The most comprehensive way to gain diagnostic information on fwknopd is to run the test suite test-fwknop.pl script located in the test/ directory in the fwknop sources. The test suite runs sends fwknop through a large number of run time tests, has valgrind support, validates both SPA encryption and HMAC results against OpenSSL, and even has its own built in fuzzer for SPA communications.
fwknopd(8), iptables(8), pf(4), pfctl(8), ipfw(8), gpg(1), libfko documentation.
More information on Single Packet Authorization can be found in the paper “Single Packet Authorization with fwknop” available at http://www.cipherdyne.org/fwknop/docs/SPA.html. A comprehensive tutorial on fwknop operations and theory can be found at http://www.cipherdyne.org/fwknop/docs/fwknop-tutorial.html. This tutorial also includes information about the design of fwknop that may be worth reading for those interested in why fwknop is different from other SPA implementations.
fwknop uses the git versioning system as its source code repository along with Github for tracking of issues and milestones:
$ git clone https://github.com/mrash/fwknop.git fwknop.git
Additional commentary on Single Packet Authorization can be found via Michael Rash’s Twitter feed: http://twitter.com/michaelrash, @michaelrash
The primary developers of fwknop are Michael Rash (project creator) <firstname.lastname@example.org>, Damien Stuart <email@example.com>, and Jonathan Bennett <firstname.lastname@example.org>.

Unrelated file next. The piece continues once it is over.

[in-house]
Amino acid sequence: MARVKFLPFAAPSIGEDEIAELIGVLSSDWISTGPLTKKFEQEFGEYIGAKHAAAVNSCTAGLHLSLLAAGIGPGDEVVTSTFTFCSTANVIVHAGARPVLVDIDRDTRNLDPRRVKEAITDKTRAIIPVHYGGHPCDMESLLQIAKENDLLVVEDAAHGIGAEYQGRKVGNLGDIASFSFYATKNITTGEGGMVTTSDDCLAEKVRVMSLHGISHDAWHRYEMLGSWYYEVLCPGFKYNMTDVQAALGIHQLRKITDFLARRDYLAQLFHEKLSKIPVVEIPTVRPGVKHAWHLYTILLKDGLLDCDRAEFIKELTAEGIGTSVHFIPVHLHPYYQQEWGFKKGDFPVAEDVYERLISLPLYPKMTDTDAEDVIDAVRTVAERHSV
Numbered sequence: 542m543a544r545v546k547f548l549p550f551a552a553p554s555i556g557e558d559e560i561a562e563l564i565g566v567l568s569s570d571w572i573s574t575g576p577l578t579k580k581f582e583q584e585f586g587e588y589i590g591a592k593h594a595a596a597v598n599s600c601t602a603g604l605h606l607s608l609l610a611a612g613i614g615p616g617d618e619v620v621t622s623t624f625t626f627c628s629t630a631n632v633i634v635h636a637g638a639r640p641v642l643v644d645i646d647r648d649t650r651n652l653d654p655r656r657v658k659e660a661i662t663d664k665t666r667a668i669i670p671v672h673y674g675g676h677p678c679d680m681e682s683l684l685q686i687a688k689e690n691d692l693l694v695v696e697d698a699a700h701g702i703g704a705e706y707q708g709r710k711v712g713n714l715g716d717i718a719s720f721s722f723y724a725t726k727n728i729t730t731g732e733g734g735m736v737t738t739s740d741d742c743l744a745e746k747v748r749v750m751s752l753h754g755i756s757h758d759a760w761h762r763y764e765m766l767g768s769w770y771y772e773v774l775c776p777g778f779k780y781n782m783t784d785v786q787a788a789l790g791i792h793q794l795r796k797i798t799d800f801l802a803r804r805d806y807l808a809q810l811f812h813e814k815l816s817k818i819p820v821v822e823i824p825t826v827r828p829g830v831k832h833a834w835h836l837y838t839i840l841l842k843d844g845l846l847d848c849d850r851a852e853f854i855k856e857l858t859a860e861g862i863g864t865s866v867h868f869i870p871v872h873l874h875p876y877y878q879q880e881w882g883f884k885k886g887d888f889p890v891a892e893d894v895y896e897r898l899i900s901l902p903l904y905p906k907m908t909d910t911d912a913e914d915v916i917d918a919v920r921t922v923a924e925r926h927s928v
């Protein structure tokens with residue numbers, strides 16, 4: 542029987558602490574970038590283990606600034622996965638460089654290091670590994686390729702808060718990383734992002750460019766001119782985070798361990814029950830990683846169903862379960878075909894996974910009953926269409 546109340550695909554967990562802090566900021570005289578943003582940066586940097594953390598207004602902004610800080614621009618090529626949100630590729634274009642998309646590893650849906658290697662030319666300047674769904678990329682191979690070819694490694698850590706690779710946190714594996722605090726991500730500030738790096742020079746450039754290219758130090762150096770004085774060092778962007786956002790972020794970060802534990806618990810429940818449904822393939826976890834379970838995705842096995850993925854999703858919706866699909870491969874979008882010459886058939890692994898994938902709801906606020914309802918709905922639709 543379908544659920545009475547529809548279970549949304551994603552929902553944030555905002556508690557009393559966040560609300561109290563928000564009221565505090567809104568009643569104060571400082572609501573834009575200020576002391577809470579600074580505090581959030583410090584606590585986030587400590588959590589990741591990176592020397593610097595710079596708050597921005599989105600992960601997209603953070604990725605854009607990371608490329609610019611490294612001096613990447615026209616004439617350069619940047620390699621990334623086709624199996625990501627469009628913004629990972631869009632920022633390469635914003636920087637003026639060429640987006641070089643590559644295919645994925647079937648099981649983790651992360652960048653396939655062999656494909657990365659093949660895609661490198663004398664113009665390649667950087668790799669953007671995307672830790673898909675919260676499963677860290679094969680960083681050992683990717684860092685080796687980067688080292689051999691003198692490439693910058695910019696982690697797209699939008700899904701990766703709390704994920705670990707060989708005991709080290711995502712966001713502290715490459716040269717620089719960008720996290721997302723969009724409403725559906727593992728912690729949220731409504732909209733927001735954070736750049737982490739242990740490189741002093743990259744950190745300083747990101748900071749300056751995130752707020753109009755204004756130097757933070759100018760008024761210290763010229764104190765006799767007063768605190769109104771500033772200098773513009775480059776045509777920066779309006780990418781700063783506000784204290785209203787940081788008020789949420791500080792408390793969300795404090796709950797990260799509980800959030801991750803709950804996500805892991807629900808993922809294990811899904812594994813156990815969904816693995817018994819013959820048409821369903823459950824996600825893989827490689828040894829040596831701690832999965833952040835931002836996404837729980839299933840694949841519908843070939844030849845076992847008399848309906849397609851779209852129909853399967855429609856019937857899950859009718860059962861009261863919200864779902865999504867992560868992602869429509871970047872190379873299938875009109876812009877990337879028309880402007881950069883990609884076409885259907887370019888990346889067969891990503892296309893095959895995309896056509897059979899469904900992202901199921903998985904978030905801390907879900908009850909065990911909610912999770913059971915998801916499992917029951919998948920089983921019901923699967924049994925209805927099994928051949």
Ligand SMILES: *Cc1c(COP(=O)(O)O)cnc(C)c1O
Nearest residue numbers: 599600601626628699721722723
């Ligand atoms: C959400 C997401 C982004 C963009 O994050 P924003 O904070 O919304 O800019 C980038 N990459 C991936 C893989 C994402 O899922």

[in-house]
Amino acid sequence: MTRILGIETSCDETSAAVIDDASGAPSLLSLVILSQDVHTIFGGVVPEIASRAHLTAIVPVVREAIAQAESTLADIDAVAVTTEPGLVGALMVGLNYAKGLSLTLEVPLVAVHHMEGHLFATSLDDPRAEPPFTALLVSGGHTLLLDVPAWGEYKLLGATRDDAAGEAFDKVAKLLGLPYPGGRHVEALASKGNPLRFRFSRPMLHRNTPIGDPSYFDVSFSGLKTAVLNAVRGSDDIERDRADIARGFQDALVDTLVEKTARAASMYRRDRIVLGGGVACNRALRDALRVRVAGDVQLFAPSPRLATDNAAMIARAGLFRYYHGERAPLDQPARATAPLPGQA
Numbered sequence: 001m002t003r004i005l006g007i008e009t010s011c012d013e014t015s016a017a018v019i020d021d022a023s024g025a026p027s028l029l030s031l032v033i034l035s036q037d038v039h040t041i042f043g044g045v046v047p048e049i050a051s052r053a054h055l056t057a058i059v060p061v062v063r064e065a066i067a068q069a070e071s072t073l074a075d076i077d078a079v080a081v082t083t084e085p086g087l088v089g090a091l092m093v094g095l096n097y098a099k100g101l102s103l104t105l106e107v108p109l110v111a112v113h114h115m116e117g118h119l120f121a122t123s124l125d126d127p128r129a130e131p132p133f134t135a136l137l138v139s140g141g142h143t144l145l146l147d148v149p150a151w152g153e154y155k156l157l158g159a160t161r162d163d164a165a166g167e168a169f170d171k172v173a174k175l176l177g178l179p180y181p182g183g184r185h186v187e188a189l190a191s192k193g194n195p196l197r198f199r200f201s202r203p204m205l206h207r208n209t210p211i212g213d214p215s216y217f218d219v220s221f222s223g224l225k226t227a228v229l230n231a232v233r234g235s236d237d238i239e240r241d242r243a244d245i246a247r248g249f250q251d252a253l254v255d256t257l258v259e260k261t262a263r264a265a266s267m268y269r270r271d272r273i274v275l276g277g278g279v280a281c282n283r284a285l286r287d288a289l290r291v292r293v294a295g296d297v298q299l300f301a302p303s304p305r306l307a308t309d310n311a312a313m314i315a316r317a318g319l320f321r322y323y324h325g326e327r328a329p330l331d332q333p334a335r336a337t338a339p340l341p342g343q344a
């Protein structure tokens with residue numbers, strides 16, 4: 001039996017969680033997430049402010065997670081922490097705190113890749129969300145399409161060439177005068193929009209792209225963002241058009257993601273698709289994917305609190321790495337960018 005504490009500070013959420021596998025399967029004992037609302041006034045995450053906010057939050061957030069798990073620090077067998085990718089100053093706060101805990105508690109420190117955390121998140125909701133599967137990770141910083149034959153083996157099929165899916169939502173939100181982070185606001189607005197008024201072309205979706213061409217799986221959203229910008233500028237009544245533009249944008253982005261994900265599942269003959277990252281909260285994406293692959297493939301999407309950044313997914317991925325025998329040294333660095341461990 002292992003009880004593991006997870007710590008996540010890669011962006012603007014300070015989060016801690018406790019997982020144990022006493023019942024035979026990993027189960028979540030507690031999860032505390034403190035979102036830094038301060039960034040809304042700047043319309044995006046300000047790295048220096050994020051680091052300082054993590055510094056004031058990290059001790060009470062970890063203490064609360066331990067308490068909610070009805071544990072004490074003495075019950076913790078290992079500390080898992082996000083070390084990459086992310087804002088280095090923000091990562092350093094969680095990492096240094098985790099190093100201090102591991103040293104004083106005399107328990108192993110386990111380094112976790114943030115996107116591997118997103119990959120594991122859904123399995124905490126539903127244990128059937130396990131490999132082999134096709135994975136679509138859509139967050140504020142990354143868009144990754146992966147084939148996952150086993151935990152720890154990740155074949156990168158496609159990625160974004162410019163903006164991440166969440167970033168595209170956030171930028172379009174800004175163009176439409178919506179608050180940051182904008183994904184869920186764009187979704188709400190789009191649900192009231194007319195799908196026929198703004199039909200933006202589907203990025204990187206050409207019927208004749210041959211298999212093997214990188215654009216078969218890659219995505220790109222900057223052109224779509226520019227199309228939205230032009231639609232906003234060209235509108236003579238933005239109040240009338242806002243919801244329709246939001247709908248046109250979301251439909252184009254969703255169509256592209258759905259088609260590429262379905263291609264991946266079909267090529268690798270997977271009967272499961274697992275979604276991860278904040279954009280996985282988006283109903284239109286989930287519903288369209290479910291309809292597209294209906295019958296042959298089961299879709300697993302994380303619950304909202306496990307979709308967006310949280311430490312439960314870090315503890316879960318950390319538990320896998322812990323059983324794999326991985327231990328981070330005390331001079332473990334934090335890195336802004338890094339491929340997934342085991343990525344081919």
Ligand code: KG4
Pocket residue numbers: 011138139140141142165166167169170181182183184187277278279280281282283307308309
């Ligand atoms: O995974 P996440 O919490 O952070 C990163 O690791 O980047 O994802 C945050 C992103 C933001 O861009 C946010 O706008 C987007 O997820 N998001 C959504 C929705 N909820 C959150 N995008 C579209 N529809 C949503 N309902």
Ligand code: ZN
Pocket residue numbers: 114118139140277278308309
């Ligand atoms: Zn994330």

This “C” version of fwknop was derived from the original Perl-based version on which many people who are active in the open source community have contributed. See the CREDITS file in the fwknop sources, or visit https://github.com/mrash/fwknop/blob/master/CREDITS to view the online list of contributors. A few contributors deserve to be singled out including: Franck Joncourt, Max Kastanas, Vlad Glagolev, Sean Greven, Hank Leininger, Fernando Arnaboldi, and Erik Gomez.
The phrase “Single Packet Authorization” was coined by MadHat and Simple Nomad at the BlackHat Briefings of 2005.
Send bug reports to email@example.com or firstname.lastname@example.org, or open a new issue on Github (see https://github.com/mrash/fwknop.git). Suggestions and/or comments are always welcome as well. Additional information may be found in the fwknop mailing list archives (see: https://lists.sourceforge.net/lists/listinfo/fwknop-discuss).
fwknopd is distributed under the GNU General Public License (GPL v2+), and the latest version may be downloaded from http://www.cipherdyne.org.